You might settle into your seat and want to make yourself comfortable for the next few hours, but don’t recline just yet. We all know that seats have to be in an upright position before the plane leaves, and the tray table on the seatback in front of you must be up and locked. If the flight crew has to tell you, it just adds to the time and inconvenience for them, and for you and everyone else by proxy.
Don’t grab the headrest
When it’s time to leave the plane, or even during the flight if you want to get up to go the the restroom or stretch, don’t grab the headrest of the seatback in front of you as some sort of handle. It’s quite bothersome to the person in front of you to have their head jerked back when you grab it to support your weight, just to have it snapped forward when you let go. Use the grip on the overhead compartment or push up on the armrest, instead.
Surrender armrest dominance to the middle seat
There are four armrests in a row of three, and five in a row of four. If you are traveling in the aisle seat or the window seat, have pity on your seatmate who must (almost never by choice) sit in the middle. An unspoken but logical rule says that the middle guy should get the armrest, since they are walled in by a person on each side. Try sharing, if you can, but give it up to the middle guy if it comes down to that.
Let the window seat control the window shade
By virtue of being the closest passenger to it, the traveler at the window seat gets to control the window shade. However, you may want it up while your fellow seatmates want it down, or vice versa. It’s hard to make everybody happy unless you ask them outright. The thing to do here, if you are in the window seat, is to pick one; your seatmates can learn to adjust to the shade’s open or closed position, but it’ll annoy the hell out of them if you’re gonna be opening and closing it sporadically throughout the flight.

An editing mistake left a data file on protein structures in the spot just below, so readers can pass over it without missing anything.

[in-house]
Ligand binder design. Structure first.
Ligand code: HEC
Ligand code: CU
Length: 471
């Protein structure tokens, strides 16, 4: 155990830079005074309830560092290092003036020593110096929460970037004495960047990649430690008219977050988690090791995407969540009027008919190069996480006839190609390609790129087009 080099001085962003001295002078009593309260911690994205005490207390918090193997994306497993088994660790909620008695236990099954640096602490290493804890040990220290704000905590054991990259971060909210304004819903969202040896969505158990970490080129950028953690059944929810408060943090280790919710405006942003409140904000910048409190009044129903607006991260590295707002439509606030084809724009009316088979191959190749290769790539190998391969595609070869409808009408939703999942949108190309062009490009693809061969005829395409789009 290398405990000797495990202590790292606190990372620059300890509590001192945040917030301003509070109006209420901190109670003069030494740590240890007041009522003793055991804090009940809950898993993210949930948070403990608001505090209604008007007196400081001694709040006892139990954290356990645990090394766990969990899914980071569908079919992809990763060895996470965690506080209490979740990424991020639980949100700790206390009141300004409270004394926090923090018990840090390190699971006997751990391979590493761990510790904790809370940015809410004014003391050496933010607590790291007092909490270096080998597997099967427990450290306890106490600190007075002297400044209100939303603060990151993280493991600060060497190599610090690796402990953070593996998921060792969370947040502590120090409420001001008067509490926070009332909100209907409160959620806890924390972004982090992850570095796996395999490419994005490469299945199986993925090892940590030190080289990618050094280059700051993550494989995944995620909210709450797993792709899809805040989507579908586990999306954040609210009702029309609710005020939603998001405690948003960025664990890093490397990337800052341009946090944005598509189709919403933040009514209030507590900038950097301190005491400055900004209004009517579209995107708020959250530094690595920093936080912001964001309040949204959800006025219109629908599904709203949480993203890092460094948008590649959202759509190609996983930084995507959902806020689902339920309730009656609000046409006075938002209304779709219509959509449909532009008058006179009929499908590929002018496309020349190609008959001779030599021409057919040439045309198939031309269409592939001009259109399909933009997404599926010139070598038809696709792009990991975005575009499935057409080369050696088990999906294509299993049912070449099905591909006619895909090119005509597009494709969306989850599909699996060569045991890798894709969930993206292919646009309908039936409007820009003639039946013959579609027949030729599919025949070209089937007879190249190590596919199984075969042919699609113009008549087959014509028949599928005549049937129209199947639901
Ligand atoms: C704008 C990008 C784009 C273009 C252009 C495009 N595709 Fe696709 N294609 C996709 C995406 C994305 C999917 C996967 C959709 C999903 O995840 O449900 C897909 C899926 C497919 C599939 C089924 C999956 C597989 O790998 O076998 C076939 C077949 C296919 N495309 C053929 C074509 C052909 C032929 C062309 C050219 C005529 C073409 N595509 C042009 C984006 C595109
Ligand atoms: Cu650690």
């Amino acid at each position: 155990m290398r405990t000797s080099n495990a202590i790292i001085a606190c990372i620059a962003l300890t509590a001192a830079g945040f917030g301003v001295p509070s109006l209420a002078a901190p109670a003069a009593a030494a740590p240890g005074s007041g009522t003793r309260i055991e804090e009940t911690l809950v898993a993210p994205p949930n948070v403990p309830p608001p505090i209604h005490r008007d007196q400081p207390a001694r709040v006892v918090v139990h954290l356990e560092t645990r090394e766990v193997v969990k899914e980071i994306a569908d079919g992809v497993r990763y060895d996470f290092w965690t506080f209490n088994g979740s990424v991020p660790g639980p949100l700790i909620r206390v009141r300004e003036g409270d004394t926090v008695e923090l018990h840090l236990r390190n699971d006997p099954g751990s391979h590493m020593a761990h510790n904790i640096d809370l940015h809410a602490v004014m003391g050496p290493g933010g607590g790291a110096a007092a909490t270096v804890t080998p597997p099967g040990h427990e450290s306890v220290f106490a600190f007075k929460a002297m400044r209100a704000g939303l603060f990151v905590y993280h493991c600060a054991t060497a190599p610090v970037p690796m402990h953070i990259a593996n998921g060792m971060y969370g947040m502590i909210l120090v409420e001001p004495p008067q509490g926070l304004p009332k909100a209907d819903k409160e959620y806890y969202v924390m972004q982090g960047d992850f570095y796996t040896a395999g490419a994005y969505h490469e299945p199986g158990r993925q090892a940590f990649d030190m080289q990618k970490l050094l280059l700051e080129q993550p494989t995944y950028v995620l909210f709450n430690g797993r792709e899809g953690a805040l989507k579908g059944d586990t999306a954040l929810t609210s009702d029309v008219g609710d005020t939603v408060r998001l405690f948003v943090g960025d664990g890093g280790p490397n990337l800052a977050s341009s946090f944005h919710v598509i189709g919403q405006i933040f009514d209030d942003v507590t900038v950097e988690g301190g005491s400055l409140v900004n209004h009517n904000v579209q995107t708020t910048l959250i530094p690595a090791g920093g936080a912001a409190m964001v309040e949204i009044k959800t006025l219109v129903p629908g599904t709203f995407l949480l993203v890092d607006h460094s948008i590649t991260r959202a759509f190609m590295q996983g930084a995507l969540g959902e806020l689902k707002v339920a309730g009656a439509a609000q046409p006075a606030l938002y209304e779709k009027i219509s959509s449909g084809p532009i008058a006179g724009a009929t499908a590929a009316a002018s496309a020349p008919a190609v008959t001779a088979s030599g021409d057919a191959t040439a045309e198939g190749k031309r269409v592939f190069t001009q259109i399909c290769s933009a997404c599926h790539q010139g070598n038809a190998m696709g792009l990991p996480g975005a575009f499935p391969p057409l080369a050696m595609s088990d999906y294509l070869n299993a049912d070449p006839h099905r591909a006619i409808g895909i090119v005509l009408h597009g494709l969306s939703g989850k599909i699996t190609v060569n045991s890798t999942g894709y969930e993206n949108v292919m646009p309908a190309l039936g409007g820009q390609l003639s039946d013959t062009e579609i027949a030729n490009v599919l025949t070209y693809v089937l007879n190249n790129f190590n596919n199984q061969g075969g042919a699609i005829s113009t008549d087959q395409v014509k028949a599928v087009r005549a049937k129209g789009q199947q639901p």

Wait your turn
Just as you must wait your turn when boarding at the gate, you need to also do so when the plane is ready to let everyone off. It’s become common nature for all 240 people to get up simultaneously at the exact instant the plane stops at the gate.
But deplaning has nothing to do with anything your ticket says; it usually happens in a front-to-back manner. Allow all the people in the row in front of you to exit and grab their belongings before you try to do the same yourself, unless there is clear understanding that they require more time. If you need to pass someone, you can do so once you’re in the airport.
Let others pass if you need more time
If you feel that you need more time to situate yourself or retrieve all your belongings, don’t hold everyone up behind you while you do so. Stay in your seat row (allowing your seatmates by, if necessary), and step out when you are ready, never before.
You might be traveling with friends, or perhaps you need to pause after exiting the plane to get things situated. However, don’t do so in the jetway or anywhere before you get to the actual airport; the jet way is only marginally less narrow than the aisle inside the plane’s cabin, so don’t block traffic by pausing there. You can wait for your friends or adjust your belongings at the end of the jetway inside the airport; pull over to the side – they won’t lose you.
Wrap it up
That’s about it, I guess. Follow these plane boarding rules, and you will be a good citizen of the sky (or at least at the airport). These are mostly etiquette standards which are governed by common sense, but we often disregard our refined manners during the chaos that often defines the boarding procedure – I know this, because I often, embarrassingly and hypocritically, find myself doing so, too.
For over a hundred more useful tips and advice gems on having an enjoyable flight, from prior to the flight, food, seating, and post-flight activities, check out our tips for a great flight experience.